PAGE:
Not one to shy away from controversy or the honest truth, it's no surprise that mommy Amanda Peet is the cover girl on the December issue of SELF. The sexy mum shows off her postpartum bod and dishes on her role in the vaccinations debate, her typical date night and how she stays in shape. As the star in the flick 2012, she's a busy mom who somehow seems to keep her priorities in line all while maintaining a beaming smile on her face. Here's highlights:
The affectionate mom on how her outlook has changed since having her daughter, Frances, in February 2007:
Generally, I've become much more corny since I've had my baby girl. I think it's important for her to know that you can fail and then recover and that failure is important. It's part of the thing. You cannot escape it. There's no way you can control everything that much. It was also really important to David and I that she have a sense of silliness. We resolved to have a silly child and she is pretty silly!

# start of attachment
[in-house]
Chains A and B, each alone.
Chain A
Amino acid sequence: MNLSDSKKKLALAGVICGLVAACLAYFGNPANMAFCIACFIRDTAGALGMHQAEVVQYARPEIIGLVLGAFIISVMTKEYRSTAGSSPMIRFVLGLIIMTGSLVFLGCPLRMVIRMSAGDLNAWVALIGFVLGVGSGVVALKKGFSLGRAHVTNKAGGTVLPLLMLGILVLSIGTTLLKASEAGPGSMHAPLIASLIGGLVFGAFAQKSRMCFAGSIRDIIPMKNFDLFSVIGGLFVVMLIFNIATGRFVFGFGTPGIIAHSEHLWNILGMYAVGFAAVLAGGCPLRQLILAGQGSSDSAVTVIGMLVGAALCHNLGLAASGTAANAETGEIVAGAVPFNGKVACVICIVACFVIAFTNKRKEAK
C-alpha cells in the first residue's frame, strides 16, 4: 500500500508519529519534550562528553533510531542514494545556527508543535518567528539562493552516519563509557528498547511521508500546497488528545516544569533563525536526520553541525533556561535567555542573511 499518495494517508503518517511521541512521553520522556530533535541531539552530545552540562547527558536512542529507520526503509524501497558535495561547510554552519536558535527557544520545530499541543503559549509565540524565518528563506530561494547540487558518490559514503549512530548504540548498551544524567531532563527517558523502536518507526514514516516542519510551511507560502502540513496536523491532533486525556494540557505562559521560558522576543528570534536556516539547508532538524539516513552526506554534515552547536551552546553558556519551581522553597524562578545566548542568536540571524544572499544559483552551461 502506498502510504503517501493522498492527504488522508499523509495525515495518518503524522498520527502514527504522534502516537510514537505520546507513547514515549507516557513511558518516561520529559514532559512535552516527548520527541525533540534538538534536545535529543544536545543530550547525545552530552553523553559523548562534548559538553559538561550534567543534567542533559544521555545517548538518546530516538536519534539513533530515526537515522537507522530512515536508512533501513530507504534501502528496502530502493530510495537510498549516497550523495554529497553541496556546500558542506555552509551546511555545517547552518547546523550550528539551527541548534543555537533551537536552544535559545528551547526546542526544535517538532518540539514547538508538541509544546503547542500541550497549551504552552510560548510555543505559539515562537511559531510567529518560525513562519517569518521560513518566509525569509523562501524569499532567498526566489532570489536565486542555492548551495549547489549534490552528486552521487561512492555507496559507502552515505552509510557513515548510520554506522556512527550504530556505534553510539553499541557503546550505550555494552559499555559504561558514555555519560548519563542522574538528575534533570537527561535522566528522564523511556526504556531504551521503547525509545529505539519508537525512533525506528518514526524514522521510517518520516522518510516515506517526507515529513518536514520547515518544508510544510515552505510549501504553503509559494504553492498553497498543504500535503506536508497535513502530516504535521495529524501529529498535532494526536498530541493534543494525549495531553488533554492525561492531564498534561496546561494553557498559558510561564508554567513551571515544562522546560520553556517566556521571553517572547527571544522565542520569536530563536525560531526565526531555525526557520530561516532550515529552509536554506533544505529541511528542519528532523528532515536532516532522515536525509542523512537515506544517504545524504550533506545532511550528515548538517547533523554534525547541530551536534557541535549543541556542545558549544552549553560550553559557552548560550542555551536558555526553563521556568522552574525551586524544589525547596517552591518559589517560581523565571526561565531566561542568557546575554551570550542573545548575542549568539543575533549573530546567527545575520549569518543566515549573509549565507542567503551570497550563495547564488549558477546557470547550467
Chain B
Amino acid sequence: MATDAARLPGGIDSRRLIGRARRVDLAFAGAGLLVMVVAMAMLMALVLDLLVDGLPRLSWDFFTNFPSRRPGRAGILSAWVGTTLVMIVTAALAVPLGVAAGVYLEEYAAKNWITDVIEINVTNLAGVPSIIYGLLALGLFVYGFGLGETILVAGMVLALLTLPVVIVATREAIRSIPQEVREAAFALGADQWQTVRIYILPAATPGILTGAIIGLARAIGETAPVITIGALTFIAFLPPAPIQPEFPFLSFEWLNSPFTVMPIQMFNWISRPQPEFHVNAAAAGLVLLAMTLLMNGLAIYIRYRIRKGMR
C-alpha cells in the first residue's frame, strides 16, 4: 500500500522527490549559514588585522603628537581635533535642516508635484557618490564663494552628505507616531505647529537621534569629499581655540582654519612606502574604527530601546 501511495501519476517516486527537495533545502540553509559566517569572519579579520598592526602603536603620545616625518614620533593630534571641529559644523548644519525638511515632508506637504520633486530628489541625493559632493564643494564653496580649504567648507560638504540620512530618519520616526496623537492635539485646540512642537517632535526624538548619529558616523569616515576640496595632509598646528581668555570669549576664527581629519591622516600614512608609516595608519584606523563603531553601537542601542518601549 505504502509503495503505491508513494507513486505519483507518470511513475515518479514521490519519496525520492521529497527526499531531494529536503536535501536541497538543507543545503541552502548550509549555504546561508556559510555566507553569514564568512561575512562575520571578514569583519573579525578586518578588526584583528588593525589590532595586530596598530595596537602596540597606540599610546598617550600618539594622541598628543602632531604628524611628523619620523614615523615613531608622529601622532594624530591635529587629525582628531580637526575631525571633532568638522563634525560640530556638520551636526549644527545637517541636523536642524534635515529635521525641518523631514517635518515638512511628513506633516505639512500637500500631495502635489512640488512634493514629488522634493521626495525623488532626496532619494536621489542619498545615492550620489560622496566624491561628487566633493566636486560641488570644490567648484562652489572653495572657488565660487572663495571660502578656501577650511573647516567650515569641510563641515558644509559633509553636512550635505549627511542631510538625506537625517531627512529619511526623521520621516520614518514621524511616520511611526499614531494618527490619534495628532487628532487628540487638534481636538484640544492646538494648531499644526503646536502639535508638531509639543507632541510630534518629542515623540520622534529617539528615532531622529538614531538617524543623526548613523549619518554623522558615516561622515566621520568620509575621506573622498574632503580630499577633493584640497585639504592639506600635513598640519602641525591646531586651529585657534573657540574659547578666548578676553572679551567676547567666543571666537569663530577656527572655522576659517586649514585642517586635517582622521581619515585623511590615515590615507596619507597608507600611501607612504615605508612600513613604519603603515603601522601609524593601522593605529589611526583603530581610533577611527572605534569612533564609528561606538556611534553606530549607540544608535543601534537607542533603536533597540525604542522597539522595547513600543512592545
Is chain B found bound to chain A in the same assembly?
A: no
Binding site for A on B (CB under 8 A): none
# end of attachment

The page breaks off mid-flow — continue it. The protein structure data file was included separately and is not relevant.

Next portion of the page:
On body image and having a daughter:
I do feel like it's important for her to have me be as healthy as I can be. So, you know, I don't want her to have horrible eating habits. I don't want her to never exercise. But obviously I'd much rather have her play a sport than have a gym membership before she's 20. I mean there are kids in LA who go to the gym and they have a trainer. I'm like, Play a sport!
To see how she spends her date nights and her stance on vaccines, read more.
On date nights:
I’m obsessed with Julia Louis-Dreyfus. If she knew how much she was in my household late at night or in the wee hours of the morning, she might be disturbed. David [her husband] and I both have a crush on her.
The child-vaccination controversy spurred her to become an activist:
I got involved because it scared me when I learned how many parents were withholding vaccines from their children. [Peet is the spokeswoman for the Measles Initiative as well as the organization Every Child by Two.] It made me frightened of the possibility that some of these diseases are coming back. This is about the future of our children’s health. It’s about what happens when you become complacent and you’re not vigilant as a community.
Photos courtesy of Mark Abrahams